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Poker Blog established in 2003 as the first stop for poker news, poker stories, and bad poker advice.

August 29, 2004

QLHTing with BadBlood

by Otis

There were only two ways you would know I was sitting in a mexican eatery. First, there was a basket of corn chips and salsa sitting next to my monster beer. Second, two Hispanic guys sat behind the bar intently watching Univision on the big screen TV. With those two exceptions, the basement restaurant looked almost exactly like it did when it was an Italian spot a few years ago.

Olympic Boxing had been on TV when I came in. I found myself thinking that any sport broadcast in Spanish sounds like soccer if you're not watching the screen.

G-Rob was there waiting when I walked in. He'd already downed half his beer before I walked in six minutes late. We figured a big beer from The Cactus would do us well before we venutred across the street to what I'd started thinking of as The Quilt (QLHT--Questionably Legal Hotel Tourney) hosted by fellow poker blogger, BadBlood.

I'd been out of live poker commission for the two weeks since my kid had been born. I'd missed out on four games at The Mark (formerly known as The State Park game), a Greenwood tourney, and a trip to Tunica. I was stoked, rowdy, and a little nervous.

And I had to pee.

In the bathroom, one urinal had been ripped off the wall and there weren't any paper towels in the dispenser. The restaurant had certainly seen better days. Me? I'm trying to work up my confidence, holding my whang and going over hypothetical hands in my head.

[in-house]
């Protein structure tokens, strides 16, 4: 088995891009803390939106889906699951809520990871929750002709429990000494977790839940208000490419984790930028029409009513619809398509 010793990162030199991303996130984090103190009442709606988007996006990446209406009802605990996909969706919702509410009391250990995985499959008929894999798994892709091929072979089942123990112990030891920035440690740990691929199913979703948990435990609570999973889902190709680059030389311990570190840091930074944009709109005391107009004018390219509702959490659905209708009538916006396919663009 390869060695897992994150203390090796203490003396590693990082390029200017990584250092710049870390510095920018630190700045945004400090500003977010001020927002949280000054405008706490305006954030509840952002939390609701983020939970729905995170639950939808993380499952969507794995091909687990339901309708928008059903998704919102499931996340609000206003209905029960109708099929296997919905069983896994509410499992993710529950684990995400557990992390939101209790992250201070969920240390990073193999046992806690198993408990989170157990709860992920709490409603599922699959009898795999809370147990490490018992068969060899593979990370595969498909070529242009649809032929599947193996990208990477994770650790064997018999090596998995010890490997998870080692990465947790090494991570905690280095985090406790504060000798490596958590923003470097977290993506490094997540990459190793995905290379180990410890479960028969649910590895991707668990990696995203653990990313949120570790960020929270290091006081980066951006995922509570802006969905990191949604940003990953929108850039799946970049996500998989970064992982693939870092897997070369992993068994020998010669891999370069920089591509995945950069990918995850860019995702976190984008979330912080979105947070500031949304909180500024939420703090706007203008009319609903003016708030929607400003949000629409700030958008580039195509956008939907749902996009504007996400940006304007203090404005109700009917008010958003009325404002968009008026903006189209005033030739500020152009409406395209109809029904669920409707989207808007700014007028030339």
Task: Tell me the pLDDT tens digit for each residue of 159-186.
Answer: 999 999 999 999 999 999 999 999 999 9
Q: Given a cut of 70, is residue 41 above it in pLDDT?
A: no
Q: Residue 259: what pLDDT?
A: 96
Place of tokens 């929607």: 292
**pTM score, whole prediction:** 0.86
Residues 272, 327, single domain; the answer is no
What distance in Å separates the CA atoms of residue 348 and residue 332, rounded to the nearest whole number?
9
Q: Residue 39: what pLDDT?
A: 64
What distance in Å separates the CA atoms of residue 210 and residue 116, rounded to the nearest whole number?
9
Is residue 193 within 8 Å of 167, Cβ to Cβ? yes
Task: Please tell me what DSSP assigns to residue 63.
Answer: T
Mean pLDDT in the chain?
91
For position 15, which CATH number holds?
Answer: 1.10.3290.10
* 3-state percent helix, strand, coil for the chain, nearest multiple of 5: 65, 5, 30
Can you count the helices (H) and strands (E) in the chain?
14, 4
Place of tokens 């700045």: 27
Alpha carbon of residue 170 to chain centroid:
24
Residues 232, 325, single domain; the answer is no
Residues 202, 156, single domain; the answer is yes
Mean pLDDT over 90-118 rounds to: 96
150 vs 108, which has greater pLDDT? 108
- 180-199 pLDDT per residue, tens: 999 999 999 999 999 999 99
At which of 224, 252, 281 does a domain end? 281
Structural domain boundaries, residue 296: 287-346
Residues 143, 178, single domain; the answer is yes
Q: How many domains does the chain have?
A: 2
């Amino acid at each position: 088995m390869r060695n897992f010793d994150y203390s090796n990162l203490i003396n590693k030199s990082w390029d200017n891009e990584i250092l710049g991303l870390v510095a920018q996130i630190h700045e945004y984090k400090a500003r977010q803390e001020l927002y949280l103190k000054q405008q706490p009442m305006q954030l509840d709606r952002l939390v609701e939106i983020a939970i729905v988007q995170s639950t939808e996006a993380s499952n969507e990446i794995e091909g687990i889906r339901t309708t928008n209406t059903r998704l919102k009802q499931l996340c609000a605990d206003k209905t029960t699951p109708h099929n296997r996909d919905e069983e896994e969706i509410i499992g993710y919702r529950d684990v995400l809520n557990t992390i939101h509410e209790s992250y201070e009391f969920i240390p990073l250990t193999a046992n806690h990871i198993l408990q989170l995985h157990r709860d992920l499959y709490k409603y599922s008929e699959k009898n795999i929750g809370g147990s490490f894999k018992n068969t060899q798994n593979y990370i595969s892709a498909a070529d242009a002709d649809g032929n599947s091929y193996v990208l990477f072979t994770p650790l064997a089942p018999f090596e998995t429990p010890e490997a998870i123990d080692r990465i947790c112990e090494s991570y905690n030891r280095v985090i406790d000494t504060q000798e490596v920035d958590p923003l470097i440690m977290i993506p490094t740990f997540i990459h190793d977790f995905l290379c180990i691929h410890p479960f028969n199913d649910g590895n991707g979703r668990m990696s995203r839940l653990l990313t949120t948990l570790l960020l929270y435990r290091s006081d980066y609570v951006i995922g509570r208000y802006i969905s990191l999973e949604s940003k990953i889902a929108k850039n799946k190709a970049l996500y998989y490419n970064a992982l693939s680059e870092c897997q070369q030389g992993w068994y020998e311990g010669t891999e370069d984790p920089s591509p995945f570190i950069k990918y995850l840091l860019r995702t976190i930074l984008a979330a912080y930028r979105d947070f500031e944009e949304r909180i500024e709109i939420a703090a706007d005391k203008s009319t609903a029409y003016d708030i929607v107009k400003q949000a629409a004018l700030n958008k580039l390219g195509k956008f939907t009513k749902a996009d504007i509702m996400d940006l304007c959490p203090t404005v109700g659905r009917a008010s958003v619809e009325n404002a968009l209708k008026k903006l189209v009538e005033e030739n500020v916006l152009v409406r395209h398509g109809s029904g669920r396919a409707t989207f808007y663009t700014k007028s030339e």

When I came back to the bar, G-Rob was interested in the TV. Moreover, he was interested in the tanned, buxon women gyrating in bikinis.

"This is a good show," he said. We'd been talking about novelist Christopher Moore. G-Rob's remark reminded me of something Biff, or better yet, Coyote, would say.

One of the Hispanic guys said, "Caliente."

I don't know why I felt the need to translate, but I looked at G-Rob and said, "Hot."

He raised his eyebrows as if to say, "Indeed," and went back to watching. When the announcer's voice went through a machine gun rattle of words ending with "Caliente!" G-Rob looked suprised.

"Oh, the show is called Caliente?" He though the guy had just been commenting on the women.

My phone rang and I noticed it was BadBlood on the line. He was calling to give us the name of the suite where the tourney would be held.

G-Rob and I finished our beers, said "Gracias" to the guys at the bar, and headed for the door.

"Caliente," I said.


BadBlood had extended the invitation a couple of weeks before. I'd been dying to make it, but was unsure if I could due to baby-producing factors. When I finally got the all-clear, I mentally prepared for a good showing.

The set-up:

26 players in a hotel conference room.
$50 buy-in with no rebuy.
Four tables covered in Green table cloths.
A couple cases of beer
$100T in chips
50 minute levels beginning at $1/$2 with a ten minute break at each increase
Top five finishers get paid.

The room was largely full of unknowns to me. I knew Teddy "Tight" Ballgame, the Rankster, Emerald City Derrick, Greenwood Phil, Tatwood, G-Rob, and BadBlood. The other 18 players were wild cards. I sized them up one by one, judging each card-holding book by its cover.

I got set the Diamond Table with this motley crew:

Seat One: Brad A-hat (not short for asshat, by the way)
Seat Two: David the Mute
Seat Three: Danny C-Gar
Seat Four: Otis (Otis LOVES drawing this seat by the way)
Seat Five: G-Rob
Seat Six: Mr. I'm going to get creamed by BadBlood's quads so soon that I didn't have time to properly introduce myself.
Seat Seven: BadBlood
Seat Eight: Stevie Broomcorn

I already knew BadBlood was the table favorite. I knew G-Rob would be loose, even though I told him to play tight. I figured Brad A-Hat and David the Mute for solid players and the rest of the guys to be middle of the road to poor. My pre-game predictions had BadBloood, Brad A-Hat, and me leaving the table alive.

I was wrong.


Memorable Hand #1--

During the first level, I'd done my best to establish myself as a tight player. I'd done everything I could, including proclaiming "TIGHT!" every time I raised (times that were very few and far between). I was within seconds of breaking out the old "tight as a 16-year old cheerleader" line when I looked down and saw pocket jacks.